Monday, May 27, 2013

In the Line of Duty

Rest in peace, Michael Sway, a lawyer who died while inspecting the roof of a building. Attorney Sway was doing what many lawyers do- preparing a case. Sadly, he fell 23 feet through a hole in a fire damaged roof, to his death.
I did not know Mr. Sway, but I can assure you he was doing something he loved. To be a trial lawyer is to love gathering facts. We get out of the office and up to the roof, literally and figuratively. If something is broken, we must see it and feel it. Only then can we fully test the witness accounts, and only then can we assess the truthfulness of those accounts. Visiting the scene of the accident, or handling the instrument that caused an injury is always a risk.  It’s like standing in the smoking crater, looking to the sky and asking “is this where the lightning hit?” I’m not particularly superstitious, but it must certainly tempt the fates to stand in place of the victim; We can’t know when Atropos will cut the thread of life.

Perhaps the closest call I’ve had while investigating a case came while I was happily tramping through the woods in Frederick County, inspecting a logging road on the side of a mountain which was at the heart of a property access dispute. I parked on the main highway, and walked about a quarter mile into the woods along the dirt road. I had my 35mm camera out, and every few steps I would stop, point and “click” a picture. And for 10 minutes or so, it was as uneventful as stop, point and “click.”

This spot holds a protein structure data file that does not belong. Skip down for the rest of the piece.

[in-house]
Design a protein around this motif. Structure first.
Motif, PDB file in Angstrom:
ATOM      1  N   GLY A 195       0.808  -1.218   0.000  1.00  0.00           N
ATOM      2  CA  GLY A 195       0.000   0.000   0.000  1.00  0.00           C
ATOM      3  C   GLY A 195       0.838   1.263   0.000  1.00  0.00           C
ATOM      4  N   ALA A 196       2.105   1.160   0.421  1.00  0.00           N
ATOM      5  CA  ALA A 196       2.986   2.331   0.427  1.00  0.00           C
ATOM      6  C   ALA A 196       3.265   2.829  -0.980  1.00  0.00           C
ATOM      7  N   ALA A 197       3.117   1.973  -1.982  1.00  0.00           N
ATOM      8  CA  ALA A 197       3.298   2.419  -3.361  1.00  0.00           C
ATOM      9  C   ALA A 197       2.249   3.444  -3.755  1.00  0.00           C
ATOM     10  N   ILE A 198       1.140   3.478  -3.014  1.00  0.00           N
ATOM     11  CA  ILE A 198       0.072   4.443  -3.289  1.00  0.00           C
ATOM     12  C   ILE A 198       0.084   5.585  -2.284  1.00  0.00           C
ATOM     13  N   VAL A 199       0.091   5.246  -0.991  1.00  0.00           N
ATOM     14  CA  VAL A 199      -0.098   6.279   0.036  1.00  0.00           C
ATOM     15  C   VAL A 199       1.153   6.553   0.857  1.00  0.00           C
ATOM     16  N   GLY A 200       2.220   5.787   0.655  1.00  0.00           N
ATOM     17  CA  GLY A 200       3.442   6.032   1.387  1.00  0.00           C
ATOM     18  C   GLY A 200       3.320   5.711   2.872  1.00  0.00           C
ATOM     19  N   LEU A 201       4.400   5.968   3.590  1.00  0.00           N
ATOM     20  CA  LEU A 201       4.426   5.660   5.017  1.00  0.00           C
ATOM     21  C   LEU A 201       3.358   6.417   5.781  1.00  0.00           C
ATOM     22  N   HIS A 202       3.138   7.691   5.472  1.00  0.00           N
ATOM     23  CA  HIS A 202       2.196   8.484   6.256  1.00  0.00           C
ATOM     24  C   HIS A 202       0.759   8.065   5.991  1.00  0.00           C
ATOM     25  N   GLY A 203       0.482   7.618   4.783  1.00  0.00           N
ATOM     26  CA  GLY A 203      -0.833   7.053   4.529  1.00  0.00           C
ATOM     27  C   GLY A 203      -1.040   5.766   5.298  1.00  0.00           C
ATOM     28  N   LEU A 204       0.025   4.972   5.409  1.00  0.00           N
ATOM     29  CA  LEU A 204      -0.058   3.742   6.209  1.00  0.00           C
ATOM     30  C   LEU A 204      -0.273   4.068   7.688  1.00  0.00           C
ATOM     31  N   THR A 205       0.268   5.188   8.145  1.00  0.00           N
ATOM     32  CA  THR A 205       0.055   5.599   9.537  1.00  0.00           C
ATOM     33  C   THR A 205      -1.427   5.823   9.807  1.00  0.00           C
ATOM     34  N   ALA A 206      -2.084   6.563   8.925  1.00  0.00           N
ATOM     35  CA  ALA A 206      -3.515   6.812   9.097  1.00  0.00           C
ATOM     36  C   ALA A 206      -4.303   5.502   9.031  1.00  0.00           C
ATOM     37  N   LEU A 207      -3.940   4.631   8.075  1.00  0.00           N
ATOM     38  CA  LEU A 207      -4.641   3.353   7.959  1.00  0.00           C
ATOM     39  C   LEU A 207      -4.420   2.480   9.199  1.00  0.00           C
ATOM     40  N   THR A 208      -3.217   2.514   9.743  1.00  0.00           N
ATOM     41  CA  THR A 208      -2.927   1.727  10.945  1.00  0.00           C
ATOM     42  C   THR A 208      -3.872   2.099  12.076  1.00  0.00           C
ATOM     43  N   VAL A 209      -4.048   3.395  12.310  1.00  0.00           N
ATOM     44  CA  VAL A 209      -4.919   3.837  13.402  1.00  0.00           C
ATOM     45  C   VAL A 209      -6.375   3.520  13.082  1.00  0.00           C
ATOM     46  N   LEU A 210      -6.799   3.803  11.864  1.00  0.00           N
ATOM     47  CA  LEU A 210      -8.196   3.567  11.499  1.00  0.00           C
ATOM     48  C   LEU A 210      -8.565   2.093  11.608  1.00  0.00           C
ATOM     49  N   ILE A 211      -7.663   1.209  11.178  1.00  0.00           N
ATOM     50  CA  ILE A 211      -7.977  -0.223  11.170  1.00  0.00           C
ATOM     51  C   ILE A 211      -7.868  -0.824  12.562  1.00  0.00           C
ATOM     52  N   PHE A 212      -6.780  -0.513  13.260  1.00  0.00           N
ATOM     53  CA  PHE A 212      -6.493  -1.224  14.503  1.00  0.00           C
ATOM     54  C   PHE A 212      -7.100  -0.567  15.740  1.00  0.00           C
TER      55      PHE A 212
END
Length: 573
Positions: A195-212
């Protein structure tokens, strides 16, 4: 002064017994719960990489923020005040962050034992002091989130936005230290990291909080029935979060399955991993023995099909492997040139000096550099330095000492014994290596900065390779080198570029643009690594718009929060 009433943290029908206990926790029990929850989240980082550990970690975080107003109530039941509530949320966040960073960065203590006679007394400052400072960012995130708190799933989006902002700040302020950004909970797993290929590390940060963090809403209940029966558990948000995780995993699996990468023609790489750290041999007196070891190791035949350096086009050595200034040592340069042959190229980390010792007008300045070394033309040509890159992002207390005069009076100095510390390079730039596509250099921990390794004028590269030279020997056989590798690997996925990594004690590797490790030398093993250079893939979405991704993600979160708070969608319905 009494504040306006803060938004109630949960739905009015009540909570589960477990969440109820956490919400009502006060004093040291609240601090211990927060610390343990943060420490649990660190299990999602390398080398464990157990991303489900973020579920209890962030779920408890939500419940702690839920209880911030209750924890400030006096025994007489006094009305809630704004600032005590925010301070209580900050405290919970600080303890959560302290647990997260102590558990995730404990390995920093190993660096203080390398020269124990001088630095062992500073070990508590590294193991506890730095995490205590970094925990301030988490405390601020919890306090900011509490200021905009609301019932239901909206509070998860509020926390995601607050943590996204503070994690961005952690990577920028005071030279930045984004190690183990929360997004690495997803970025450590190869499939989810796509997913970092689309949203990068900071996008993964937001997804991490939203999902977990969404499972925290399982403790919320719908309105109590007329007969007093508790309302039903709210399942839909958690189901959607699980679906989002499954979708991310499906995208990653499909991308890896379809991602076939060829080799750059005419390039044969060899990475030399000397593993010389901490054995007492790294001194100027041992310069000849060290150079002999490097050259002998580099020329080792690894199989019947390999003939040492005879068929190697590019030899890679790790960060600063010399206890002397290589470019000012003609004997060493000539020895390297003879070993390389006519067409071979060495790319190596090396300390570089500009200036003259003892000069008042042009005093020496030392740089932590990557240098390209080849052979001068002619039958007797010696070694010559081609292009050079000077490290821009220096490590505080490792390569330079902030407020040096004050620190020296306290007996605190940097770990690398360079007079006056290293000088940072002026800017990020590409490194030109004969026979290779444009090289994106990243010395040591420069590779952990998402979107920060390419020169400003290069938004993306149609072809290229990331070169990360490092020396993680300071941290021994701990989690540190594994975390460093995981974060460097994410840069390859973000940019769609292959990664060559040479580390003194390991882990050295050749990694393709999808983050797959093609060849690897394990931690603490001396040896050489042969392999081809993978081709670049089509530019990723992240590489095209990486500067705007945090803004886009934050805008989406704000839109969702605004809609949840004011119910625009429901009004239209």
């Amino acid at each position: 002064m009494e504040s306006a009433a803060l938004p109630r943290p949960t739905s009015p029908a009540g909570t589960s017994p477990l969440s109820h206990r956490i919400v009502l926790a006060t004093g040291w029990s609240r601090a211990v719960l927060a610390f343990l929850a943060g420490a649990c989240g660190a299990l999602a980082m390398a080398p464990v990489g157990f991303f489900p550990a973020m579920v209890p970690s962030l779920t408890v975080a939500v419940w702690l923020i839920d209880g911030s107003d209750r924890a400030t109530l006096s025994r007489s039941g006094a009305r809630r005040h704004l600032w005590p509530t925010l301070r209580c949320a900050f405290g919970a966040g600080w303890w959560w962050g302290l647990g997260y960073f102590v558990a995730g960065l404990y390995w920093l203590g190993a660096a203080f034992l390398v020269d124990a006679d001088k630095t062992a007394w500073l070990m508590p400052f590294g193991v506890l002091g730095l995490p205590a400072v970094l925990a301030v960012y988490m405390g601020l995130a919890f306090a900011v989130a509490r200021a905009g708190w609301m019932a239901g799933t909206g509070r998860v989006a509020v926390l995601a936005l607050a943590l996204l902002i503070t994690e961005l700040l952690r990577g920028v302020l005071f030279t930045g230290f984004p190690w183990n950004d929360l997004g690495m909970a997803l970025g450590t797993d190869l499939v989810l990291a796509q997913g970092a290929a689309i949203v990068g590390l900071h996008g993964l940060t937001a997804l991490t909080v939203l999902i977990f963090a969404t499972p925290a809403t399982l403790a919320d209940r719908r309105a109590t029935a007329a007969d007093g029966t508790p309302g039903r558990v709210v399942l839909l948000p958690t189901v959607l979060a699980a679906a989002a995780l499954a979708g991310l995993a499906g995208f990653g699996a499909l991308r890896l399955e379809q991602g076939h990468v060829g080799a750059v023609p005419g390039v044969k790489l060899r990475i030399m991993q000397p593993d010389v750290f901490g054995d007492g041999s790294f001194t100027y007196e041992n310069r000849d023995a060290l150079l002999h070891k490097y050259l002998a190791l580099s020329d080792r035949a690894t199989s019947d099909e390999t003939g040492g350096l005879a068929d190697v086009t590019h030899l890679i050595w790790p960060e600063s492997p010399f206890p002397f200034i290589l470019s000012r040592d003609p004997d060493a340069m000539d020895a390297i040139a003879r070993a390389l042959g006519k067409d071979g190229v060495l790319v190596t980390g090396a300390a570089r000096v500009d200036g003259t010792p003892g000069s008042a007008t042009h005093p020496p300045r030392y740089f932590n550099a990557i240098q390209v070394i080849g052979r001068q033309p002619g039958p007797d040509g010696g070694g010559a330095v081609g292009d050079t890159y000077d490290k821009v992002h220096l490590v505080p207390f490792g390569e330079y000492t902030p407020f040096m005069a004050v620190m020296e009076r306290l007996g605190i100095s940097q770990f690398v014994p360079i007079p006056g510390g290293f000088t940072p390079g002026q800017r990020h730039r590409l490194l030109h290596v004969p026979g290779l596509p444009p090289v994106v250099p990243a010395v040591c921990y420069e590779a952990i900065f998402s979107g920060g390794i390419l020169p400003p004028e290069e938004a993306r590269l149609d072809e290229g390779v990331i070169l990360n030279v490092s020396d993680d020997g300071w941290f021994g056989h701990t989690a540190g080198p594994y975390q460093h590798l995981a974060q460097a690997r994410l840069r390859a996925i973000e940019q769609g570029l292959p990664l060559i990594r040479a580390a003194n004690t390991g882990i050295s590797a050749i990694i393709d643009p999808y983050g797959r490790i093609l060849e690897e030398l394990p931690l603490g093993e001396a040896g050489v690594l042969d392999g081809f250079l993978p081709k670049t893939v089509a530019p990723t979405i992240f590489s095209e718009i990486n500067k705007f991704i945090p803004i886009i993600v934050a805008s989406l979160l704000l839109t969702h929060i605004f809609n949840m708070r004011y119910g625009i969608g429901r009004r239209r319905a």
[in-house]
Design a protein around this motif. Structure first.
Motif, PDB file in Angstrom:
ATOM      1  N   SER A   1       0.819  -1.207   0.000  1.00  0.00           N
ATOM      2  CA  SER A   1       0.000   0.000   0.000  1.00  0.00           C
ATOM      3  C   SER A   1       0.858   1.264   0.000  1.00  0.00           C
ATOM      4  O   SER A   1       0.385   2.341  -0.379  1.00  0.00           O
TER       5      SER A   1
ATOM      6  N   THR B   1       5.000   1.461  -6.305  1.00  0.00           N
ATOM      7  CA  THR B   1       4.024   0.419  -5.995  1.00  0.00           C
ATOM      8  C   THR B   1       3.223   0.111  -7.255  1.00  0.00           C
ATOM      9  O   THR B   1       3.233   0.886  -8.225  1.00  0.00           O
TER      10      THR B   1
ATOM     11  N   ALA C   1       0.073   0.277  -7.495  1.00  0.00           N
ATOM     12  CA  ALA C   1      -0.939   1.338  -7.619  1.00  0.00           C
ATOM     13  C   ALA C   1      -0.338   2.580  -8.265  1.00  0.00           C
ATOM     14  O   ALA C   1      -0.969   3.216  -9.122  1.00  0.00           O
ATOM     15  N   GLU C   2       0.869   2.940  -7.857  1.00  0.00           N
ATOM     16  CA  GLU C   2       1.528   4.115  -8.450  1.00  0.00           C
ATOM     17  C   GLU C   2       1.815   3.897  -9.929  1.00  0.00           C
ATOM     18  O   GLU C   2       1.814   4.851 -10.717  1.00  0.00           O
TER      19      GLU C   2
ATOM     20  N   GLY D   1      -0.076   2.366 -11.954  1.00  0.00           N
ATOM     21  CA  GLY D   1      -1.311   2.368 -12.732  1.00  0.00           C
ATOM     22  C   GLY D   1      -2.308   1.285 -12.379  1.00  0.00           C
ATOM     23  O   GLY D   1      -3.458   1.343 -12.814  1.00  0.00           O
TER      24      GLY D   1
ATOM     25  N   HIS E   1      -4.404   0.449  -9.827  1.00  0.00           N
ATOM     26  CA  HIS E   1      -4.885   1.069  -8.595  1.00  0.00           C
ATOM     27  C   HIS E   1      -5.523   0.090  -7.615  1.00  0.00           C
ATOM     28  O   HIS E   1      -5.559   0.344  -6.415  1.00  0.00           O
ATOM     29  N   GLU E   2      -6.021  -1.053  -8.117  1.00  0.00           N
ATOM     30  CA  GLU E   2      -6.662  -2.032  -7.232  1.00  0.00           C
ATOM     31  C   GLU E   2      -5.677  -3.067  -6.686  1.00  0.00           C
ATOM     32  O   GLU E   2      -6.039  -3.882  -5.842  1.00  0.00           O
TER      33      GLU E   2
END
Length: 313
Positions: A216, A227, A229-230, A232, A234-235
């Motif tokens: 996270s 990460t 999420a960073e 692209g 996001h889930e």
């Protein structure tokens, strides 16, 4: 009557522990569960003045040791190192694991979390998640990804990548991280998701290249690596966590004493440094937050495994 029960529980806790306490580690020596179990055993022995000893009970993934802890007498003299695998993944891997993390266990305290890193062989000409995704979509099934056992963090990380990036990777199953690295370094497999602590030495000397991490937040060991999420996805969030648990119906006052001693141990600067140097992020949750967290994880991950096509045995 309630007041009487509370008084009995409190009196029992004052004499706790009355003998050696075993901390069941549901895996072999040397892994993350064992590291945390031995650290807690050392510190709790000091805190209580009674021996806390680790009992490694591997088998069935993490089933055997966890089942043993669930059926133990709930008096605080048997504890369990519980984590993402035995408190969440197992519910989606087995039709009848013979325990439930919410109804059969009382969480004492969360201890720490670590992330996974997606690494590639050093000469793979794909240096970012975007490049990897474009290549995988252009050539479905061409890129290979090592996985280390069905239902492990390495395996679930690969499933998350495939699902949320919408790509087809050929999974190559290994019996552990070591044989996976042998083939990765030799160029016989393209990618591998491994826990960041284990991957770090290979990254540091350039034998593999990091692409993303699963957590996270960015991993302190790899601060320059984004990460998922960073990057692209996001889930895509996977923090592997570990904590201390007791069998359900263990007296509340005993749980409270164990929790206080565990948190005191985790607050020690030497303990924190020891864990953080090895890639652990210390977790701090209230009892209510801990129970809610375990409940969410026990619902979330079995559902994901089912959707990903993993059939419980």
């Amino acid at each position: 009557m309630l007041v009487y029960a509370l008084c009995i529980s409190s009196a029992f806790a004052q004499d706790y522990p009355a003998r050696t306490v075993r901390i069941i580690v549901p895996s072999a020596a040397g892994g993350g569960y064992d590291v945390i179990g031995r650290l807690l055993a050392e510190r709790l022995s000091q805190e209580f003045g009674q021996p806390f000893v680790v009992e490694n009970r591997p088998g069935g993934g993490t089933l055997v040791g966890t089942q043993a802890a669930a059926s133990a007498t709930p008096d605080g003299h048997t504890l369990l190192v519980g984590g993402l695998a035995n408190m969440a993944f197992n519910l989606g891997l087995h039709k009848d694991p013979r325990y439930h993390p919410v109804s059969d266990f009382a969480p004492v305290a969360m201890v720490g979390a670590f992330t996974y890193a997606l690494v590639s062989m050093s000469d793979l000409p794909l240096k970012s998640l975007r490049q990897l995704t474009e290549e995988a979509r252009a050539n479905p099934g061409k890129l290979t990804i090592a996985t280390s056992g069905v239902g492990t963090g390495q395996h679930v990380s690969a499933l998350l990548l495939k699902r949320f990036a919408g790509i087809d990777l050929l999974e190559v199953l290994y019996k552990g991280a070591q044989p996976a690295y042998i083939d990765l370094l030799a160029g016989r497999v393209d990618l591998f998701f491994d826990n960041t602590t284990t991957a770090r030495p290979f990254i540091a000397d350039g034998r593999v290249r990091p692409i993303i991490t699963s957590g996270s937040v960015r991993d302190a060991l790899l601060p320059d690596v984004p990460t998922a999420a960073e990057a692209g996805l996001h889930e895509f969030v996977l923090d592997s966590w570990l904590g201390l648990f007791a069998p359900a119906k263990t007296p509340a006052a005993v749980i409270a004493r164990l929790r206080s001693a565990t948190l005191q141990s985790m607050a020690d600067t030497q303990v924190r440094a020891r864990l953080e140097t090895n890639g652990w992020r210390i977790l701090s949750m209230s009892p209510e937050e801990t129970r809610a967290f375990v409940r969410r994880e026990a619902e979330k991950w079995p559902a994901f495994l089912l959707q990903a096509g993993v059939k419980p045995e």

Intending one more photo, I stopped, pointed my camera and before I could depress the shutter, I heard a very distinct “click.”  I turned toward the sound to come face-to-face with a gentleman leveling a rifle in my general direction.  Well, it was exactly in my direction, actually.

“Who are you, and why are you on my land?”

A perfectly reasonable question, I thought.  I prefaced my answer with “I am a lawyer,” but immediately had second thoughts. A gun blast might be seen by some folks as the perfect punch line to a story beginning with “a lawyer was walking in the woods.”

It turns out that I was HIS lawyer. It is now my inviolable practice to call ahead of a site visit.

And so I mourn attorney Sway. He could have prepared his case from his office. He could have read a report prepared by someone else. He was doing it right.